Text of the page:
High aims: (From left) Ajit K. Gupta, Adviser, MNRE; Deepak Gupta, Secretary, MNRE; and K. Jairaj, Principal Secretary (Energy), at an interactive meet in Bangalore on Thursday.

BANGALORE: Karnataka will unveil a renewable energy policy in a month or two to provide for a focussed effort to boost the renewable energy generation to tide over the power shortage by harnessing green energy.

The highlight of the policy is that it will envisage steps for doubling the renewable energy generation in the State from the present 2,000 MW to 4,000 MW in the next five years.

P. Sudhakar

USEFUL: The Japanese delegation that visited the garbage yard at Ramaiyanpatti near Tirunelveli on Thursday.

TIRUNELVELI: A Japanese team on Thursday visited Tirunelveli Corporation

Courtesy earthworms, hair, weed easily converted to manure in 2003, the government ordered the closure of several hair processing units, which made wigs, in Karnataka because of pollution. Burning of hair resulted in toxic elements, which caused allergies. The problem with human hair is it takes hundreds of years to decompose (see

Delhi takes stringent steps the Delhi High Court has asked the state government to ban the use of plastic bags in all shopping centres and to come up with a notification in this regard. The government in 2005 issued a ban on the use of non-degradable polythene. But it was not effectively implemented. In 2007, following a petition by Tapas, a Delhi-based ngo, the court set up a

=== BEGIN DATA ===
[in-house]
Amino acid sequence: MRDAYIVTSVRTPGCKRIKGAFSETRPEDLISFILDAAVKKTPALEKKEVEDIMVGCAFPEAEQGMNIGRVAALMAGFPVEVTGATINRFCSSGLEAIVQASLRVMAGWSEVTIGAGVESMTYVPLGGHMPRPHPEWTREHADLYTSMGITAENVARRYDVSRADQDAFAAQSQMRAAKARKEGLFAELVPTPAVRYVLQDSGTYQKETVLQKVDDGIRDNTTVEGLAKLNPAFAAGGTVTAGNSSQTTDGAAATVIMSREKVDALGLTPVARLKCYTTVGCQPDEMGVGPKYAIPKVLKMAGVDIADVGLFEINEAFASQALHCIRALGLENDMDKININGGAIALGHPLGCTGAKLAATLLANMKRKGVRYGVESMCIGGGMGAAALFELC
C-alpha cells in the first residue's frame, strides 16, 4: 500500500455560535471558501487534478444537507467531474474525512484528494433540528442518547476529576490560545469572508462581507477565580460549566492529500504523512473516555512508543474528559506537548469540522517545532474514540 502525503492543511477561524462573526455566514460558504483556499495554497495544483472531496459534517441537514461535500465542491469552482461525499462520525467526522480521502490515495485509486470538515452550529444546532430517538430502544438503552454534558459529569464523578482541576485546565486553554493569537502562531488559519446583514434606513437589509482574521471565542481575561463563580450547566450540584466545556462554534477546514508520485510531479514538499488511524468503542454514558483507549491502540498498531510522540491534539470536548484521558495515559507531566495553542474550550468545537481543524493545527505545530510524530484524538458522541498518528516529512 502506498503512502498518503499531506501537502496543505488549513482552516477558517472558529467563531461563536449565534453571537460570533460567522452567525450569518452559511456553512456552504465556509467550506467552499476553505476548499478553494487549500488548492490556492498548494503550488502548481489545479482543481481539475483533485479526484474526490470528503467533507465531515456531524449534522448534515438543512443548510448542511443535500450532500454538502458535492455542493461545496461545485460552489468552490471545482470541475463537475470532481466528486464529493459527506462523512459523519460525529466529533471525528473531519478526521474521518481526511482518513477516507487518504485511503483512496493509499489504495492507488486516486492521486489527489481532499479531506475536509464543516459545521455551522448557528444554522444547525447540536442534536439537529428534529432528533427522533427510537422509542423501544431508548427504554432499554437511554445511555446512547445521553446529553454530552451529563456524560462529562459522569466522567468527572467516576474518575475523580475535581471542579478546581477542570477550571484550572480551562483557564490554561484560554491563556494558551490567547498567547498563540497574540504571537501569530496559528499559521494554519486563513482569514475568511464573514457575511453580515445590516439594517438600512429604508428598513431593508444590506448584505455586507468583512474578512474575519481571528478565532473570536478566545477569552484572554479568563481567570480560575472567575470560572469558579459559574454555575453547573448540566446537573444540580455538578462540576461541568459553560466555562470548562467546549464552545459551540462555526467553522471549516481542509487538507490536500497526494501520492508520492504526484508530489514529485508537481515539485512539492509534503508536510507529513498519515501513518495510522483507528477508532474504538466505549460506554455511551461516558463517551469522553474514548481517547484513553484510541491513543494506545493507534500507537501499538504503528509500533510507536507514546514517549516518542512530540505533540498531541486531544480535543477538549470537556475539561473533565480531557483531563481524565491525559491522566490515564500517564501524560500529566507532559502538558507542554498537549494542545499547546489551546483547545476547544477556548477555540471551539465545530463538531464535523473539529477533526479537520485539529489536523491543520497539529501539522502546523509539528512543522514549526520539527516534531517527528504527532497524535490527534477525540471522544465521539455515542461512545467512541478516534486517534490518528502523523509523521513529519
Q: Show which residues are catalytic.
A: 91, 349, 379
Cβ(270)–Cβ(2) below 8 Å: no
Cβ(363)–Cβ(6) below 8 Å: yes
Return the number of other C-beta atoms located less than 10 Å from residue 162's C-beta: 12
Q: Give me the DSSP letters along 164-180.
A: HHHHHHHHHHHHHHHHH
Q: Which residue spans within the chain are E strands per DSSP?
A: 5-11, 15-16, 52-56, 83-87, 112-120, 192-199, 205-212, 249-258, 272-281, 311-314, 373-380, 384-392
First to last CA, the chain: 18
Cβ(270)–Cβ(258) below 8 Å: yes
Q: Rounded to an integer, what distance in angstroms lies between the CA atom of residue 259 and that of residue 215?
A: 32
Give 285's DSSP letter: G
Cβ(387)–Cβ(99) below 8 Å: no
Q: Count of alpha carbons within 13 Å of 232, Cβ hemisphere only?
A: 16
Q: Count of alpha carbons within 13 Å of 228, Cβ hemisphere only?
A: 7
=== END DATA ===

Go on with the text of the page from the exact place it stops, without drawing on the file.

How many times can one repeat a mistake?Many years ago, a company called Komex said it could treat Margao's garbage in an

By Kate Kelland

LONDON (Reuters) - Sparked by surging oil, a dramatic rise in the value of old plastic is encouraging waste companies across the world to dig for buried riches in rotting rubbish dumps.

Long a symbol of humanity's throw-away culture, existing landfill sites are now being viewed as mines of potential which as the world population grows could also help bolster the planet's dwindling natural resources.

An elephant orphanage hits upon a simple solution to a messy problem

Pachyderms in a playful mood at Pinnawela Elephant Orphanage.

PINNAWELA (Sri Lanka): For keepers and mahouts alike, it was always a messy problem that defied solution.

We are talking about the roughly 180 kg of waste an adult pachyderm generates a day. And imagine the pile if it were from a herd of 60 staying and sauntering about in one place. That is simply a problem of elephantine proportions at the Pinnawela Elephant Orphanage here in Sri Lanka, especially for the poor keepers.

By Bharti Patel

With rapid urbanisation, India is all set to witness a four to five fold rise in waste generation in the coming years.

A little known Conservative councillor, representing a ward in London, UK, named Lucy Ivimy, recently provoked a debate in the media and among general citizens in India and abroad who were outraged at the racial slur made on Indian immigrants in the UK. Increased levels of litter in a particular area was blamed on Indian immigrants and she alleged that "disregard for the cleanliness of a public area is normal behaviour' in India.